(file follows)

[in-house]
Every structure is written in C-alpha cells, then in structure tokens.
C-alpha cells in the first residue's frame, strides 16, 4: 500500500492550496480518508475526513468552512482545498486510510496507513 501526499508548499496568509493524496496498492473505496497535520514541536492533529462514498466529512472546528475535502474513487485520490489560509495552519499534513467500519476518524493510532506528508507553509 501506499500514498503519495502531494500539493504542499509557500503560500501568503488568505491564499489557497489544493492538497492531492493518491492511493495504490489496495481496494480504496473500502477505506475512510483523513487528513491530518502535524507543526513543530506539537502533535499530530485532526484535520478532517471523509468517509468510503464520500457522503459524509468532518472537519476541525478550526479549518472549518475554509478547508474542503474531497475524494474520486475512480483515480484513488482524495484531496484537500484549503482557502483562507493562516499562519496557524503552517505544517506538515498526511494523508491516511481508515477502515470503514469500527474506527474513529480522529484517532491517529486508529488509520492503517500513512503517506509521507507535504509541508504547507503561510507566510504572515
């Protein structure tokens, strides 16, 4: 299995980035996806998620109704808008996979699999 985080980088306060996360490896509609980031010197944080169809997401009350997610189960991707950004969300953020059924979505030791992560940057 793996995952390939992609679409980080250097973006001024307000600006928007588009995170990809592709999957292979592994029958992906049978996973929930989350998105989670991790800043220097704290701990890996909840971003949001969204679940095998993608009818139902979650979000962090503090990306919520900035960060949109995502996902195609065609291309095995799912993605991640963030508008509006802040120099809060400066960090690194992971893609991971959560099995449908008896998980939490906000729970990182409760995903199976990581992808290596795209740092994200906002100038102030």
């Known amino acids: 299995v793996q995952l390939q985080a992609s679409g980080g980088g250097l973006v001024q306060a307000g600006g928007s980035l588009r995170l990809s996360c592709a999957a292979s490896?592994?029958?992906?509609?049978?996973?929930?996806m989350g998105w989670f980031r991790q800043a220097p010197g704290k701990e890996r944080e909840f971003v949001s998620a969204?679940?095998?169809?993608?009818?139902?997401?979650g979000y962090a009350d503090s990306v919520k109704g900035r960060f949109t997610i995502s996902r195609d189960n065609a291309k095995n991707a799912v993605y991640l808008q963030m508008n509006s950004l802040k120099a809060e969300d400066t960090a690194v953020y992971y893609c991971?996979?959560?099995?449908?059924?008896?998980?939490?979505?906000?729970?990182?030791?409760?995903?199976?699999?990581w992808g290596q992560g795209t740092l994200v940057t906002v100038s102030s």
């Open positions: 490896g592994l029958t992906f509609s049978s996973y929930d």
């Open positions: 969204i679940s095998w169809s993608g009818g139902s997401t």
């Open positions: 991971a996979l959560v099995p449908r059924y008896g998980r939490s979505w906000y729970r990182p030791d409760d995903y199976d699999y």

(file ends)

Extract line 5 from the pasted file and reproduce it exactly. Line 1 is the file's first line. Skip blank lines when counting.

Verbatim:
């Known amino acids: 299995v793996q995952l390939q985080a992609s679409g980080g980088g250097l973006v001024q306060a307000g600006g928007s980035l588009r995170l990809s996360c592709a999957a292979s490896?592994?029958?992906?509609?049978?996973?929930?996806m989350g998105w989670f980031r991790q800043a220097p010197g704290k701990e890996r944080e909840f971003v949001s998620a969204?679940?095998?169809?993608?009818?139902?997401?979650g979000y962090a009350d503090s990306v919520k109704g900035r960060f949109t997610i995502s996902r195609d189960n065609a291309k095995n991707a799912v993605y991640l808008q963030m508008n509006s950004l802040k120099a809060e969300d400066t960090a690194v953020y992971y893609c991971?996979?959560?099995?449908?059924?008896?998980?939490?979505?906000?729970?990182?030791?409760?995903?199976?699999?990581w992808g290596q992560g795209t740092l994200v940057t906002v100038s102030s």